Frequently Asked Questions

Classics is the study of Greek and Roman civilizations in all of their diverse aspects: histories, languages, literatures, philosophies, and material culture. We focus on the peoples of the Mediterranean region from the Bronze Age until the Fall of the Roman Empire and the beginnings of the Mediaeval period and the Byzantine Empire. We also include study of neighbouring regions and cultures such as Egypt, Mesopotamia, North Africa, and Celtic and Germanic Europe.

These societies, especially Greece and Rome, were enormously influential for later western cultures. Most of the institutions and ways of behaving that we enjoy today have their roots in the classical world. For example, democracy and ideas of citizenship, social organization, sports and athletics, art and architecture, philosophy, modern Romance languages and even English, among others, all look back to Greece and Rome for their origins. In order to understand ourselves, we must know where we came from. The program in Classics and Archaeology also offers you the opportunity to travel and study abroad and experience the living cultures in the Mediterranean world today.

Like most humanities programs, Classics and Archaeology fosters excellence in written and oral communication skills. All classes include the objective to continually improve a student’s research and writing skills. Students learn to read and analyse primary evidence, such as texts and artifacts, to appreciate the arguments of others, and to evaluate them critically for relevance, distortion, and bias. Communication skills are greatly strengthened through presentations but also by acquiring familiarity with Greek and Latin. A thorough knowledge of how to express yourself in English comes through studying a foreign language, Greek and Latin especially, given the reliance of English on these languages for so much of its vocabulary and grammatical structure.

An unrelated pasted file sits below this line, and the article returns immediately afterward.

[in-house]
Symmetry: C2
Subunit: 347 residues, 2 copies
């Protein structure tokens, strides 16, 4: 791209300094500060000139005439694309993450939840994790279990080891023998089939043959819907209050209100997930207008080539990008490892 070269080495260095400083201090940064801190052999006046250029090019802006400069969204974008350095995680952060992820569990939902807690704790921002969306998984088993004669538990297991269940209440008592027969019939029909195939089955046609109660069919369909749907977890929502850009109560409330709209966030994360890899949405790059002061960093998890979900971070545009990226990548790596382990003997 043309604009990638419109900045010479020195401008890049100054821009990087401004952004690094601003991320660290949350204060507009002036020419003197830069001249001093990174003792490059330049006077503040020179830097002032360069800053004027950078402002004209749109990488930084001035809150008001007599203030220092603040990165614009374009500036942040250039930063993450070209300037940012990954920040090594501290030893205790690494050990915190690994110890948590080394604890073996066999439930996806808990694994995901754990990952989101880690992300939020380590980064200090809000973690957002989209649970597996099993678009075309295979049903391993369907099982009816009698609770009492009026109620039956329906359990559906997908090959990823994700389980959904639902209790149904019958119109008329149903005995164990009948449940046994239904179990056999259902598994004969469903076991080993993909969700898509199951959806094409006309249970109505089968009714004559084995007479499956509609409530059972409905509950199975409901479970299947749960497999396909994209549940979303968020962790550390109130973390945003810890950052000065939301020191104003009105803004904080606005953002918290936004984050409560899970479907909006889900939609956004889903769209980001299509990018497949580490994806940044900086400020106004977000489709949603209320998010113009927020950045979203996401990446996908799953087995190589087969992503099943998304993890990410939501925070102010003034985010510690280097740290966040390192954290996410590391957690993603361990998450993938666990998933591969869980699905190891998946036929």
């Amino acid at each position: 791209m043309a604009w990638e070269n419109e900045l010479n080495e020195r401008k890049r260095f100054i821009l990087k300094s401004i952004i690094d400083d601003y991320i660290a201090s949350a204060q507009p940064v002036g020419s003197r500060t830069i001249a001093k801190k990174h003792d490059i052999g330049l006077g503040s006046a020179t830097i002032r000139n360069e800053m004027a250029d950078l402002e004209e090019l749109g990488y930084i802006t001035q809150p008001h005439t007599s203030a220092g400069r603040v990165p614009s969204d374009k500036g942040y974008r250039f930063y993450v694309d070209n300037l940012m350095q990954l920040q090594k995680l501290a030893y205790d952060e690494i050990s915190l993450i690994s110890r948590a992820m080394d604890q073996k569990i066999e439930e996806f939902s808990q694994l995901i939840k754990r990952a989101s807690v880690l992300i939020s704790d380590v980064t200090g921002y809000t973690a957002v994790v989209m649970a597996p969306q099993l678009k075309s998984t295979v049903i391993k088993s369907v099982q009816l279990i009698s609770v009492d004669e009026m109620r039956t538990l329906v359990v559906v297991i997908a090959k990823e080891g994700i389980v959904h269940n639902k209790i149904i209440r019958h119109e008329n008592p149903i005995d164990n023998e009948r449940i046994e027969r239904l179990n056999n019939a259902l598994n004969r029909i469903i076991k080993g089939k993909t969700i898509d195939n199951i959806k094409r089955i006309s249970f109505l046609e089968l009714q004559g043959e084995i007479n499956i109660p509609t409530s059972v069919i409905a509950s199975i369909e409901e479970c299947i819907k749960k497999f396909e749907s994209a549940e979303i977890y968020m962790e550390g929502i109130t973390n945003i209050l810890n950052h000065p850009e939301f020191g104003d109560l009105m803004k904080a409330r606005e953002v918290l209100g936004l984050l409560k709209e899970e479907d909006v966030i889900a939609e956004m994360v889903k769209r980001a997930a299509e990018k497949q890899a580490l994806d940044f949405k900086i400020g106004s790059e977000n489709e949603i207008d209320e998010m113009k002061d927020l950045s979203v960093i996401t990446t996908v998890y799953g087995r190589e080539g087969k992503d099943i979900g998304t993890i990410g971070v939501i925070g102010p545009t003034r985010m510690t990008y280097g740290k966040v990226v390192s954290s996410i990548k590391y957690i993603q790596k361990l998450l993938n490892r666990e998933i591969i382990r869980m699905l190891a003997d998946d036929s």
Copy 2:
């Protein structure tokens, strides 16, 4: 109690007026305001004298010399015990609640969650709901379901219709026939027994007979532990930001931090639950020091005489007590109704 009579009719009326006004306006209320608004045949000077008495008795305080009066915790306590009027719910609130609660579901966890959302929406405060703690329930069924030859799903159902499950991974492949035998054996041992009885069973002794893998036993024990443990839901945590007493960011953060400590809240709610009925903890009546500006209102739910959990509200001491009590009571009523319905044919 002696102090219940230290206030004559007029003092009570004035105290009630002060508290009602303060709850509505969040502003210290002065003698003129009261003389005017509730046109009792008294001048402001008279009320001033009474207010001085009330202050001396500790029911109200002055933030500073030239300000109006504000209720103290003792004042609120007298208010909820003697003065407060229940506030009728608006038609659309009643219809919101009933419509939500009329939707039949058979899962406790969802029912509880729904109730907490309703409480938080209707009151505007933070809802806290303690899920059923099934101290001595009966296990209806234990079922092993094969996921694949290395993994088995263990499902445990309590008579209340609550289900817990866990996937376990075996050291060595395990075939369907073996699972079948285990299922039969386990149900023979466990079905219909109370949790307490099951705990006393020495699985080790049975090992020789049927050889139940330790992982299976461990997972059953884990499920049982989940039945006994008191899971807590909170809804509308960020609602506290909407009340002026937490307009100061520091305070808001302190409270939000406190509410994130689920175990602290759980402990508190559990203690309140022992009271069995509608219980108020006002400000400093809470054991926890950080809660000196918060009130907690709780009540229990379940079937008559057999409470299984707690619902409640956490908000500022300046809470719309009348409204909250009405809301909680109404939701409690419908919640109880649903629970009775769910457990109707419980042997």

Our BA Honours program offers three streams: Ancient Art and Archaeology, Greek and Roman Studies, and Classical Civilisation. All three offer some combination of courses in art, archaeology, ancient history, literature in translation, and ancient languages (Greek and Latin), and you can focus on the stream that interests you the most. Classics and Archaeology often appeals to students with a range of interests, so our program is set up to be as flexible as possible.

Depending on the program requirements for your stream, you can take either language, or both (or neither). If you wish to study both Latin and Ancient Greek, we recommend that you take the 100-level foundational courses in consecutive years rather than both courses simultaneously. Students who follow a consecutive path tend to have stronger grades and progression rates.

Neither language is more difficult nor easier than the other. Both have their challenges and both have their rewards.

The Classics and Archaeology Department at Brock traditionally offers a course abroad every summer, led by a Brock Classics and Archaeology professor. In even-numbered years (i.e., 2016, 2018, 2020, etc.) we offer an archaeological practicum. In 2016, students worked with Dr. Carrie Murray on the island of Pantelleria and joined Dr. Elizabeth Greene in excavating a 6th-century shipwreck off the coast of Sicily; in 2014 students excavated in the Bronze Age palace at Gournia with Dr. Angus Smith. Visit the Archaeological Projects and Practica page to learn more about these exciting opportunities!

Yes! In odd-numbered years (i.e. 2017, 2019, 2021, etc.), we offer a study tour in Mediterranean countries; recent destinations have included Greece, Italy, and Turkey. Brock offers generous bursaries and the Department of Classics and Archaeology has raised considerable money for scholarships and travel awards to support student travel. Visit the Study Tours and Travel page to learn more about these transformative experiences!

Yes! The Classics and Archaeology department at Brock has 9 full-time professors, many of whom have won awards for their teaching! We consider our students to be the heart of the department and take pride in getting to know you. Language classes at all levels are normally small and regularly taught by permanent faculty, and classes in upper years (3rd and 4th year especially) are always smaller so students and professors interact in a seminar classroom setting.

Yes! The Brock University Archaeological Society (BUAS) is one of the most active on campus and a source of great pride for the department. It has existed for over 25 years! The students are very active in arranging both social gatherings and events related to our subject area (e.g., field trips to the ROM; student conferences).

The department also maintains an Undergraduate Workroom that is the students’ own space for studying or just to take a break between classes.